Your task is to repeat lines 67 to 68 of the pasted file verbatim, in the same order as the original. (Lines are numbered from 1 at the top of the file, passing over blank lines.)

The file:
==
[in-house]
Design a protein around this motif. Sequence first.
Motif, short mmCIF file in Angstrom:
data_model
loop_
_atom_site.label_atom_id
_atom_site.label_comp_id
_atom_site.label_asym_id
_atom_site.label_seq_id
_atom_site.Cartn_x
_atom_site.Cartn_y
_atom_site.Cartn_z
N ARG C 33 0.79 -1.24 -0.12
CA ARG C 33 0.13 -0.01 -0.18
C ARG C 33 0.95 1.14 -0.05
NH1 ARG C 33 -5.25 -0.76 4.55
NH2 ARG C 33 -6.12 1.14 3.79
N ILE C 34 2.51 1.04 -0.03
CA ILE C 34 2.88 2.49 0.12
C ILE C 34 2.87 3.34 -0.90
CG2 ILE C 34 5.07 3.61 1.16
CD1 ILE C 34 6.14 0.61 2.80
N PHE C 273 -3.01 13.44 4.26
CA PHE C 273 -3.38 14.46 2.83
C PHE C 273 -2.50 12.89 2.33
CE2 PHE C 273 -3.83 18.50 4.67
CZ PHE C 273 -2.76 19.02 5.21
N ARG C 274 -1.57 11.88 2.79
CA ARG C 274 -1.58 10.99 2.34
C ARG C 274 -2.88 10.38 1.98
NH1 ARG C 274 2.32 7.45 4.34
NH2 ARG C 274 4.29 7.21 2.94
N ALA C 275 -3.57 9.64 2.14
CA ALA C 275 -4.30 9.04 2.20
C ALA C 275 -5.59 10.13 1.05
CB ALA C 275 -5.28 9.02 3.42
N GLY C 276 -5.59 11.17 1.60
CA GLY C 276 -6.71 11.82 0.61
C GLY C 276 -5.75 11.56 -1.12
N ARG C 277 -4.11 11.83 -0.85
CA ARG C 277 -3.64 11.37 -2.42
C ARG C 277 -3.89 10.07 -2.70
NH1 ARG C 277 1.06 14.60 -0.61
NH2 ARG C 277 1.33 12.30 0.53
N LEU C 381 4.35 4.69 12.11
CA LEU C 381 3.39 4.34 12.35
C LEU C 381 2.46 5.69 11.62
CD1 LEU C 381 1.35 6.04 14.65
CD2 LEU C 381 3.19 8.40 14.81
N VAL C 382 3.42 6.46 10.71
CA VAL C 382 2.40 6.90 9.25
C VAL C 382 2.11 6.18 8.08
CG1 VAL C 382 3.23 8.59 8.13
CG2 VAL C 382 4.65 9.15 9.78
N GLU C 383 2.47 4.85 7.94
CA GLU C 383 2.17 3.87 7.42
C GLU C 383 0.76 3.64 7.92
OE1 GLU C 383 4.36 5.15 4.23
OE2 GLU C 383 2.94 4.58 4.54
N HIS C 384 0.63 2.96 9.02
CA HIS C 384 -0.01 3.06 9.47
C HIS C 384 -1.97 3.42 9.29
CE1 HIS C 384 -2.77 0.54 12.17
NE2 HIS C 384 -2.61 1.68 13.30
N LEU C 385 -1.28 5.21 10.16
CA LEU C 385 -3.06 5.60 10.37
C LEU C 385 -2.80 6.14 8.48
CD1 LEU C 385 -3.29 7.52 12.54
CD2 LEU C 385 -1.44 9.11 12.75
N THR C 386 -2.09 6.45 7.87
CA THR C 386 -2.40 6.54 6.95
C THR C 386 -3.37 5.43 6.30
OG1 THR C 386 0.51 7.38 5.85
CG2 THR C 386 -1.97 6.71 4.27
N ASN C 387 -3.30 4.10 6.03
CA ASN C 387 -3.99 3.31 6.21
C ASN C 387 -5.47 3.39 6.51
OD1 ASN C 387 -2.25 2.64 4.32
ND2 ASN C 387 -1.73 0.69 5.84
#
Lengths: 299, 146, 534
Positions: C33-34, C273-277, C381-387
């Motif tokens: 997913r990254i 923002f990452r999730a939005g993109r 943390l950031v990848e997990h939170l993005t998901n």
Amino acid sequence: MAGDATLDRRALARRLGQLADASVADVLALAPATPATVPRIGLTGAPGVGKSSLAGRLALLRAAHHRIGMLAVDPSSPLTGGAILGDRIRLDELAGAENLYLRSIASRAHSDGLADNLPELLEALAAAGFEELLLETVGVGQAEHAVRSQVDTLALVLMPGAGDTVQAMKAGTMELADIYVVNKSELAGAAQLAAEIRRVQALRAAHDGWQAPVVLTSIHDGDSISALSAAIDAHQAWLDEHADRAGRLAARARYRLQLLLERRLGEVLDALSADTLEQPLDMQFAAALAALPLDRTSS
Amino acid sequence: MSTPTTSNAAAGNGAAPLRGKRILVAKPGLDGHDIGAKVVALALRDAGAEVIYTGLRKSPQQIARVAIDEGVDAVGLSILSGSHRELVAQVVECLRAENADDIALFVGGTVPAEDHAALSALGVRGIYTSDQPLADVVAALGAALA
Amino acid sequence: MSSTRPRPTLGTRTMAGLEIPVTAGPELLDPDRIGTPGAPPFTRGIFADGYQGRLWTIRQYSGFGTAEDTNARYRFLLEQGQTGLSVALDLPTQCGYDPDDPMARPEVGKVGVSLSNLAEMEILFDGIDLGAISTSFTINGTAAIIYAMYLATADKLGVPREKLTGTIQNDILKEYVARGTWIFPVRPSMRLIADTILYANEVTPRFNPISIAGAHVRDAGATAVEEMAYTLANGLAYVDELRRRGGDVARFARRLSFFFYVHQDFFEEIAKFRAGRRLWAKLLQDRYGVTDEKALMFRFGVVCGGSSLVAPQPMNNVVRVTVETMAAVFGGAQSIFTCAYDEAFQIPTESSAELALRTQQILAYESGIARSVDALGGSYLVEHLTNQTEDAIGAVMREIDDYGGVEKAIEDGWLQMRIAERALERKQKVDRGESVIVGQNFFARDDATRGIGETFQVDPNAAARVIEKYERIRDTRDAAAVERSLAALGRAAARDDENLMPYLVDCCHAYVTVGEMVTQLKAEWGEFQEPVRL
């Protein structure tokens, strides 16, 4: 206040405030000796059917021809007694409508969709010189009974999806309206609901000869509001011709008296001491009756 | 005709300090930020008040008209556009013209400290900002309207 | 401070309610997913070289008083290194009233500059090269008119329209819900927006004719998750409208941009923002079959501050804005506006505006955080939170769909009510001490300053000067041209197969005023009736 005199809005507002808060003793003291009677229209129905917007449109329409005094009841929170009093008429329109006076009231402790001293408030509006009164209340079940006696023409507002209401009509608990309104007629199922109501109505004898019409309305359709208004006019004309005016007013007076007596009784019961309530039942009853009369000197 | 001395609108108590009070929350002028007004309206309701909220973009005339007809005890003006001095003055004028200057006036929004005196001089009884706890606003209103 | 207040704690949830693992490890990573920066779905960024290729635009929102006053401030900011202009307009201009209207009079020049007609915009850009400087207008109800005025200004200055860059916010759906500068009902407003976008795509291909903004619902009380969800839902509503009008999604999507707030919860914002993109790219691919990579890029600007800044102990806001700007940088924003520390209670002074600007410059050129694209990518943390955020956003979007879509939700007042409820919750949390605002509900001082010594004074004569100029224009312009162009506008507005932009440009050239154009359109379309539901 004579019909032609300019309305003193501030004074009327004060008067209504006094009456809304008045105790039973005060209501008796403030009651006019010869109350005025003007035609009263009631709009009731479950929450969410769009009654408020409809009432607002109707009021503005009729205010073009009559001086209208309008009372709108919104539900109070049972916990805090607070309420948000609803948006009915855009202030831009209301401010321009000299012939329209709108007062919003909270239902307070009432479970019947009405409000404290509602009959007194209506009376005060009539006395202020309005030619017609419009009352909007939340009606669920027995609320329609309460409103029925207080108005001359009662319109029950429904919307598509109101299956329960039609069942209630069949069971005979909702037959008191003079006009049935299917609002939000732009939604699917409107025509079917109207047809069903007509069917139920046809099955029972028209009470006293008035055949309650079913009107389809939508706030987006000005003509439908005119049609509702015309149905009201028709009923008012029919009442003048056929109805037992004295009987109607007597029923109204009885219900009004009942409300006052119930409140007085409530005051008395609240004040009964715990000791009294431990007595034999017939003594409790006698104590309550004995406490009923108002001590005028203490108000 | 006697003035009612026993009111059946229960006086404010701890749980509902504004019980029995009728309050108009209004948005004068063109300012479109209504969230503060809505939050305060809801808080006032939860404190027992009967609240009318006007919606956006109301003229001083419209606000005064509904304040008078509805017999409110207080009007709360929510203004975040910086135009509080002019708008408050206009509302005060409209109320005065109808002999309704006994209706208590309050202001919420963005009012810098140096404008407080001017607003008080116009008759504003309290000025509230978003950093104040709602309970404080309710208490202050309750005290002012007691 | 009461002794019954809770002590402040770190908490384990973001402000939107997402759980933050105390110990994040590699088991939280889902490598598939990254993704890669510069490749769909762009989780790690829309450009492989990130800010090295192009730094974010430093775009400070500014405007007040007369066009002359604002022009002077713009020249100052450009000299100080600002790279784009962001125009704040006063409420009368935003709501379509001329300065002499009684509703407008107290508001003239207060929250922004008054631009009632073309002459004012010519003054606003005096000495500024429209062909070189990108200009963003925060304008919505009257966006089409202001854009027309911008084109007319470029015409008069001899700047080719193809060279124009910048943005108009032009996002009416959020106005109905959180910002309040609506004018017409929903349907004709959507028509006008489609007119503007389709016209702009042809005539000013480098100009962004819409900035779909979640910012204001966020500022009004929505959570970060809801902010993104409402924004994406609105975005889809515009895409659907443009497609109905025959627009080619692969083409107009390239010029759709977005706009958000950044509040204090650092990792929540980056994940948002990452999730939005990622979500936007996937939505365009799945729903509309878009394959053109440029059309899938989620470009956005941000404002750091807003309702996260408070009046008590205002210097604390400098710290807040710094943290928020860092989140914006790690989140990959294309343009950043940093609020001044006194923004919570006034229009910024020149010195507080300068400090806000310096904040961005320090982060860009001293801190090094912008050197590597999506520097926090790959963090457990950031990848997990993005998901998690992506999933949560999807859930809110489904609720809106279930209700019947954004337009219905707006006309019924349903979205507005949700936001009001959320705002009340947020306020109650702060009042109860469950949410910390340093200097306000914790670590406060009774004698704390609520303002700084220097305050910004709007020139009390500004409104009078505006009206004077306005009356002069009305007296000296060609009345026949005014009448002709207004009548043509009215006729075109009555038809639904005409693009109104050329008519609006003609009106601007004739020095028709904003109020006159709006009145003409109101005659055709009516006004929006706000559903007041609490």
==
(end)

C LEU C 385 -2.80 6.14 8.48
CD1 LEU C 385 -3.29 7.52 12.54